As a small business owner, there is a lot on your plate. You are the marketing person, the salesperson, the bookkeeper, and the overall strategist and planner. Whew… it’s a lot! But as you begin to grow your business, you want to think about outsourcing or hiring to fill some of those duties to move them off your plate. One position to start with is sales. Let’s look at 5 steps you can take to hire your first salesperson the right way!
5 Steps to Hiring Your First Salesperson the Right Way
Sales is the bread and butter of every business. If you are the only person who is thinking about how your business makes money, you are going to find it difficult to grow.
For the products or services that you offer, you must have an organized way to generate leads, follow-up on them, close business and manage the relationship after the sales. That’s a lot of work for one busy business owner. If you are finding that you don’t have time to nurture new sales or have a fear of selling, it’s time to hire your first salesperson.
But as with any position that you outsource or hire for, you want to make sure that you do it right! A bad hire is just a waste of time and money. So, when looking for a salesperson, follow these five steps.
#1: Know What Sales Help You Need
Before you begin looking for a new salesperson, you need to decide exactly what kind of sales assistance you need. Are you looking for a salesperson who can get leads and appointments, spending a few hours selling your products or services each week? Or do you need someone full-time to sell for your organization and close deals?
Once you know exactly what you need them to do, you then need to think about how you will pay them. Will you pay them a commission, a salary, or some combination of the two?
The better you define the role, your needs, and your compensation structure, the more likely you are to attract the right type of sales talent.
#2: Develop a Sales Process
If you want to be successful, you need to plan for success. By developing your sales process, you can easily hand it over to a professional salesperson and get them running the moment you hire them.
As a part of the sales process, you need to define who your customer is and fine-tune your value proposition. You’ll also want to get crystal clear on what your typical sales cycle looks like.
Create options for the best ways to reach prospects with your marketing message (i.e. direct mail, email, phone, or social media). Finally, identify your buyer personas, existing customers and target customers so that you can use these materials to train your new salesperson and put them on a path to success.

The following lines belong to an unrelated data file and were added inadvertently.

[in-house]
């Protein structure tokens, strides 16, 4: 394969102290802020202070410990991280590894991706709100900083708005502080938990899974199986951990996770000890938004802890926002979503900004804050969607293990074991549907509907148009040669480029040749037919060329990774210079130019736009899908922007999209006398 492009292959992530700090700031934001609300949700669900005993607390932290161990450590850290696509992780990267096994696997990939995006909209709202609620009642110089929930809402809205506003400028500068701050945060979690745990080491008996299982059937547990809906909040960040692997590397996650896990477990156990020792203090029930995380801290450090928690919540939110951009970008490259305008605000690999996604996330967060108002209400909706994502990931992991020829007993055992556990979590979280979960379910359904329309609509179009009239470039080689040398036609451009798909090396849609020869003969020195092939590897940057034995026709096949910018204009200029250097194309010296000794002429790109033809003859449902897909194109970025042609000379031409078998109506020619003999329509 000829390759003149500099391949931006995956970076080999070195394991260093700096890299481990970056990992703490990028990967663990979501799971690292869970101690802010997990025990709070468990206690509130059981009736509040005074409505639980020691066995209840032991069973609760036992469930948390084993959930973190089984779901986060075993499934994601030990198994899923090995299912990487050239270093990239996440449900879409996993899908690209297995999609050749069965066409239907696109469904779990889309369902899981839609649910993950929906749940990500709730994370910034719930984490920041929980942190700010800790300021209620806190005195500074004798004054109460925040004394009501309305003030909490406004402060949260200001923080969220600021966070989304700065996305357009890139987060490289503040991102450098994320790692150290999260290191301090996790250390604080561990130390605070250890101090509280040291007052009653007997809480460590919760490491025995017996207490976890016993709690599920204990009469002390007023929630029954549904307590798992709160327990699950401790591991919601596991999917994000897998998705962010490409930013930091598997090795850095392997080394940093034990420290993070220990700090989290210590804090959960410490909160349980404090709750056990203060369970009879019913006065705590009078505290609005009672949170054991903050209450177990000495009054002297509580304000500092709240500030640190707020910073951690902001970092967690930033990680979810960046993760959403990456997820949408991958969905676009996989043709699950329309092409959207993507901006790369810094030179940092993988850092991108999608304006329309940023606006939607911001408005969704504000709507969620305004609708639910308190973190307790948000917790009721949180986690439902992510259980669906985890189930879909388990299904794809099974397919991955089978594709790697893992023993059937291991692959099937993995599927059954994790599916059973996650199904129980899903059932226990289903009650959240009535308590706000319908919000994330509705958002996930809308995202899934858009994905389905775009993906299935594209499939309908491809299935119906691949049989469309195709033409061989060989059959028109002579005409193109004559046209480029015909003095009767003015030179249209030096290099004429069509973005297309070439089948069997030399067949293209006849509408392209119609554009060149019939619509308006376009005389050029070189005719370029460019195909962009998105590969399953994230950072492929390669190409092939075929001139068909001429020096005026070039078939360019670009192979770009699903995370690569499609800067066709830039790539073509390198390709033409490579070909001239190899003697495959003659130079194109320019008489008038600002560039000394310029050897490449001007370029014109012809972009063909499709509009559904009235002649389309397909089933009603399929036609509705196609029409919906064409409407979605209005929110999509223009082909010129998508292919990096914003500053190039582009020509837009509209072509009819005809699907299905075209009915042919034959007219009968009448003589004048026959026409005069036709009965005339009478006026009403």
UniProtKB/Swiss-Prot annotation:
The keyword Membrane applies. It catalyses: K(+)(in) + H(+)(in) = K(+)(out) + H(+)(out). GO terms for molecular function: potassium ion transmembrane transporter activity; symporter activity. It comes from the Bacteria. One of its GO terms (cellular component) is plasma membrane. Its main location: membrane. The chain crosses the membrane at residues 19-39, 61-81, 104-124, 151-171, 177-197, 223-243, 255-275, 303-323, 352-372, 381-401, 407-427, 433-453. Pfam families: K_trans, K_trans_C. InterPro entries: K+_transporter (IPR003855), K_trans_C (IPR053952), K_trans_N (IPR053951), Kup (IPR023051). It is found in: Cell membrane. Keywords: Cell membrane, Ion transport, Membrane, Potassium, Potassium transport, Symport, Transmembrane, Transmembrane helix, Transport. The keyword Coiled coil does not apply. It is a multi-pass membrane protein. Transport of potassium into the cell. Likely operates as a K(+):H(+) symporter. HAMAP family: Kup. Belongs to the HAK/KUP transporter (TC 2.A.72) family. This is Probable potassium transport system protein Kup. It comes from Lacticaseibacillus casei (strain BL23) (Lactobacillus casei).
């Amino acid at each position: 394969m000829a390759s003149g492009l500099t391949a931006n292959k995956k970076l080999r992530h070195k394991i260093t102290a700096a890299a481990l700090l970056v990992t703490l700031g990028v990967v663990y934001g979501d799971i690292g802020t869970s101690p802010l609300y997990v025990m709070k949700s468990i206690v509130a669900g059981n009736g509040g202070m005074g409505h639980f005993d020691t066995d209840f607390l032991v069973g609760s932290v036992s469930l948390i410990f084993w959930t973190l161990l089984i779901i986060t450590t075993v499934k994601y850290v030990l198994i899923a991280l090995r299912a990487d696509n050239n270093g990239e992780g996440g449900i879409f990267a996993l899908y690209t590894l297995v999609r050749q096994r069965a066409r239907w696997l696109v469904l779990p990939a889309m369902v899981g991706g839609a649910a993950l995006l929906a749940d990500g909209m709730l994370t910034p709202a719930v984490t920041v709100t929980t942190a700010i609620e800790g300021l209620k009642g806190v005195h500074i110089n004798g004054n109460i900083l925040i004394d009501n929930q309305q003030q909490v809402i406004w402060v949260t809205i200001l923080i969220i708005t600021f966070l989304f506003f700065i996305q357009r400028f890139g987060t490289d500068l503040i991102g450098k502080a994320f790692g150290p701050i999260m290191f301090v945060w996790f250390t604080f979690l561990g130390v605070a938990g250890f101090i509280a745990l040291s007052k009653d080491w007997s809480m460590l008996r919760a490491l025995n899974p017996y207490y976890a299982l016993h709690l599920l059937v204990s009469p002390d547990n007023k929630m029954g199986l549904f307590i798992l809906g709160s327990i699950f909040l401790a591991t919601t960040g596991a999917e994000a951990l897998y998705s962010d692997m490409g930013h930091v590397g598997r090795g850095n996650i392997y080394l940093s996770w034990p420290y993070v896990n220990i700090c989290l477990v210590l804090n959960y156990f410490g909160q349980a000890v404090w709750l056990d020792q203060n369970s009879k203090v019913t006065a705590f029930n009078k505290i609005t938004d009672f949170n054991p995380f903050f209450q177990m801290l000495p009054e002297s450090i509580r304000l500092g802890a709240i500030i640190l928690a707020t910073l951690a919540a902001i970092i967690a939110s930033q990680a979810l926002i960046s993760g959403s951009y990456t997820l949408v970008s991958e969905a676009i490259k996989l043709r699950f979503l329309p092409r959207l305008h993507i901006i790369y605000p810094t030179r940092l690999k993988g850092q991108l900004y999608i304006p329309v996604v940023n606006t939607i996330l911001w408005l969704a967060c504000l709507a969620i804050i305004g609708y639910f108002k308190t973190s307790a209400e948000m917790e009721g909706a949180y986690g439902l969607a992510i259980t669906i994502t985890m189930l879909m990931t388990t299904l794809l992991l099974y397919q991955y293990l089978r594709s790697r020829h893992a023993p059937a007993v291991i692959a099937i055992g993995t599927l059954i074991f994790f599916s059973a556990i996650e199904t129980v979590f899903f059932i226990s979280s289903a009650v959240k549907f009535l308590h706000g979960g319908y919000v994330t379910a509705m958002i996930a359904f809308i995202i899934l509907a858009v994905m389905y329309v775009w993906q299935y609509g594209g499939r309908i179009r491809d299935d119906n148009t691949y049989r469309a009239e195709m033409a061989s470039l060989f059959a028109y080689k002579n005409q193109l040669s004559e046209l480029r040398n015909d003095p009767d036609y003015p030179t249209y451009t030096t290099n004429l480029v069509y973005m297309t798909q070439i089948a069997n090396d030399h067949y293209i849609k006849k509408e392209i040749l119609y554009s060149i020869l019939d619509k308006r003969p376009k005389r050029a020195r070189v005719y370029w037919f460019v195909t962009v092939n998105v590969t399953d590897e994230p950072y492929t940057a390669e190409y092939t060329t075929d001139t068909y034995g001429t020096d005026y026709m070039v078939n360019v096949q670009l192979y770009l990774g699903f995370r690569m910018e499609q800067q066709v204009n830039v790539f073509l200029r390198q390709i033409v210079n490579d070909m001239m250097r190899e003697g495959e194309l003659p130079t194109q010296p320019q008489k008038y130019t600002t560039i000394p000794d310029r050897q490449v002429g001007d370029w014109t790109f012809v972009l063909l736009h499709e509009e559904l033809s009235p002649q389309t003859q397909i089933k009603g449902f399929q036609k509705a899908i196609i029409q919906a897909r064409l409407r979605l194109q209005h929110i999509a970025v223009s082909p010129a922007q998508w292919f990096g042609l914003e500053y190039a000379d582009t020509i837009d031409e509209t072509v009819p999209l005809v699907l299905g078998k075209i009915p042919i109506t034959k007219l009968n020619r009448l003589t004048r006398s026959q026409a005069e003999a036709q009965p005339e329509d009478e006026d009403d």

#3: Start Using a CRM
For your new salesperson to be successful, you need to provide them the right tools. At the top of your list should be a CRM (Customer Relationship Management).
There are a number of CRM systems out there that you can use. Two of my favorite CRMs are Insightly.com and ZohoCRM. Some software, like ActiveCampaign and Keap, also allows you to do email marketing and sales management. Find the right tool for your business and that has all the functionality your salesperson needs to effectively track and follow up with leads. For more options, check out Fixyourbusiness.com
If you sell B2B (Business to Business), LinkedIn is a great social tool to use for sales. You can either reach out to potential prospects that are in your existing network or use the LinkedIn Sales Navigator tool to find more potential leads.
#4. Lean on Your Network for a Referral
I recently hired a saleswoman who was referred to me by someone in my professional network. Because our relationship started with a referral from someone who knew her well, I had a better understanding of her personality than if she had been trying to impress me in an interview.
If you don’t know of anyone who might be a good fit in your sales role, reach out to your network. That includes online contacts, other entrepreneurs, and even friends. Explain what you’re looking for and ask for a quality referral.
#5. Be Transparent
When you meet with a potential salesperson, be open and honest about the condition of your business. If you are in a tight situation, share it. Some salespeople thrive on a challenge.
Be sure to communicate your big picture vision for your business, where you want to take it. Then sit back and let him or her talk. You want to find someone who has confidence and ideas about how they can make you more money. They should have experience doing that for past employers or clients, and if they’ve already got contacts in your industry, that is a win-win.
Overall, you need to find someone who is the right fit for your business and sales goals. When you find the right individual, he or she will help you become a better salesperson, too.
When you do find that right person for the role, don’t feel as though you need to rush in. Conduct a trial run that allows you to work together for 90 days. That allows them a chance to get to know how you run things and see if they can cultivate a few new leads or sales. If you like their work, extend the offer to a permanent job or contract.
Hiring a great salesperson isn’t easy, but if you get organized, set up your CRM to track their activities, make sure they come to the table with experience and ideas, you’ll get the right person. Once they are on board and pulling in leads, the pressure is off you and you can focus on growing your business and building out the rest of the team.
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